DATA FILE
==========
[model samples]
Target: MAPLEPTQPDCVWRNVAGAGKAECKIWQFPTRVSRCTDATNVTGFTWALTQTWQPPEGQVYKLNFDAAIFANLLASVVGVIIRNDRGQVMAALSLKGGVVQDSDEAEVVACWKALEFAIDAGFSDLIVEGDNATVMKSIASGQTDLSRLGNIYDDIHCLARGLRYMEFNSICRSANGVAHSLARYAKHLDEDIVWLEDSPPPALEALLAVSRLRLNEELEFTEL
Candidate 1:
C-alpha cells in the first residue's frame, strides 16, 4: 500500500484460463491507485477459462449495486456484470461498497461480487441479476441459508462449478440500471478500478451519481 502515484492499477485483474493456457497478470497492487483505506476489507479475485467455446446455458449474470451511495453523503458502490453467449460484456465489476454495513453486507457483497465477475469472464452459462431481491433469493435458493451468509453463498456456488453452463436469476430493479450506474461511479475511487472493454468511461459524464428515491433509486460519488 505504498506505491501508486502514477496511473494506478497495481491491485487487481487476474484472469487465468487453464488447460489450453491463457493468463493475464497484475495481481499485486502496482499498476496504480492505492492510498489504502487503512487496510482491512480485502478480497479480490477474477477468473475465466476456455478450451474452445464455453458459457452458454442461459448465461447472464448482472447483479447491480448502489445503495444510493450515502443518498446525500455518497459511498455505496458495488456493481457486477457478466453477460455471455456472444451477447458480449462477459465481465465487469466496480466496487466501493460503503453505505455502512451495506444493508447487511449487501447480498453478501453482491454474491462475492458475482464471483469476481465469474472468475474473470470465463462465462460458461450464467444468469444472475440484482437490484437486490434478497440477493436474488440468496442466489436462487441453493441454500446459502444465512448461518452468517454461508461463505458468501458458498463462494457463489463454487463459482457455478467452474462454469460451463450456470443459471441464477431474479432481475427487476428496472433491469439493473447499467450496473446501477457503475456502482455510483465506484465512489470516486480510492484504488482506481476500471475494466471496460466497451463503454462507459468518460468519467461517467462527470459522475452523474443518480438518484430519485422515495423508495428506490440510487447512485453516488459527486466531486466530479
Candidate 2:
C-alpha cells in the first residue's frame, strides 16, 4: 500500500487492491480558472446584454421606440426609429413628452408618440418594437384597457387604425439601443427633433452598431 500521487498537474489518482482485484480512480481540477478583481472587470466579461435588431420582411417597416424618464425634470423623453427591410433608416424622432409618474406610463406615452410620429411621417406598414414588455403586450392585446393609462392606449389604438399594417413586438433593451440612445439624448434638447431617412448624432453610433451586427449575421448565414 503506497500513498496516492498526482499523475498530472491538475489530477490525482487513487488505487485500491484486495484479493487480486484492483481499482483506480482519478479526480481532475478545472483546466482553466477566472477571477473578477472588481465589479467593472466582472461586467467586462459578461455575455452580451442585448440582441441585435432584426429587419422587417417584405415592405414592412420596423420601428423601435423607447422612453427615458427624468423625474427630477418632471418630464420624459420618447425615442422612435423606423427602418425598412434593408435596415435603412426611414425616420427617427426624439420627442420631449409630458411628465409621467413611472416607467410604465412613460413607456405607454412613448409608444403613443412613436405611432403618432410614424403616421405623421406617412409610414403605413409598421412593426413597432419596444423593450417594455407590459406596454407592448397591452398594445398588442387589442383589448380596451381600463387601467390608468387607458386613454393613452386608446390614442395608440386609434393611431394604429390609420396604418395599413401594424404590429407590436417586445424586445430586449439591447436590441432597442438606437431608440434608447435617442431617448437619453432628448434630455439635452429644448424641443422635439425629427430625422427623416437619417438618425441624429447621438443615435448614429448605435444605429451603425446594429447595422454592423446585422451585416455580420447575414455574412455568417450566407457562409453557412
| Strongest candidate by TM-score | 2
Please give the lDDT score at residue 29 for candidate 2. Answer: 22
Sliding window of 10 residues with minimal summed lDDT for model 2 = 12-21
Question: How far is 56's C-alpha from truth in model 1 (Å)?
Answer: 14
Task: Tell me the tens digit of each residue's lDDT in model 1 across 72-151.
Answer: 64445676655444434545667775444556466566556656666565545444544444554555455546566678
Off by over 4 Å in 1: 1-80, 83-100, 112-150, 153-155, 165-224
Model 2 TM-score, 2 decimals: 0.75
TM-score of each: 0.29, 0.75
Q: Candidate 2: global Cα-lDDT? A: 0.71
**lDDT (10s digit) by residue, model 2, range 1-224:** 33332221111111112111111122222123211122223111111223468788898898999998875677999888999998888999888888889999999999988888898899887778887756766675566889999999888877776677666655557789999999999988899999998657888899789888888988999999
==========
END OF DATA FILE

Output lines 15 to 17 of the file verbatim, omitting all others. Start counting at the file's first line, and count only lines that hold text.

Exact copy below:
Model 2 TM-score, 2 decimals: 0.75
TM-score of each: 0.29, 0.75
Q: Candidate 2: global Cα-lDDT? A: 0.71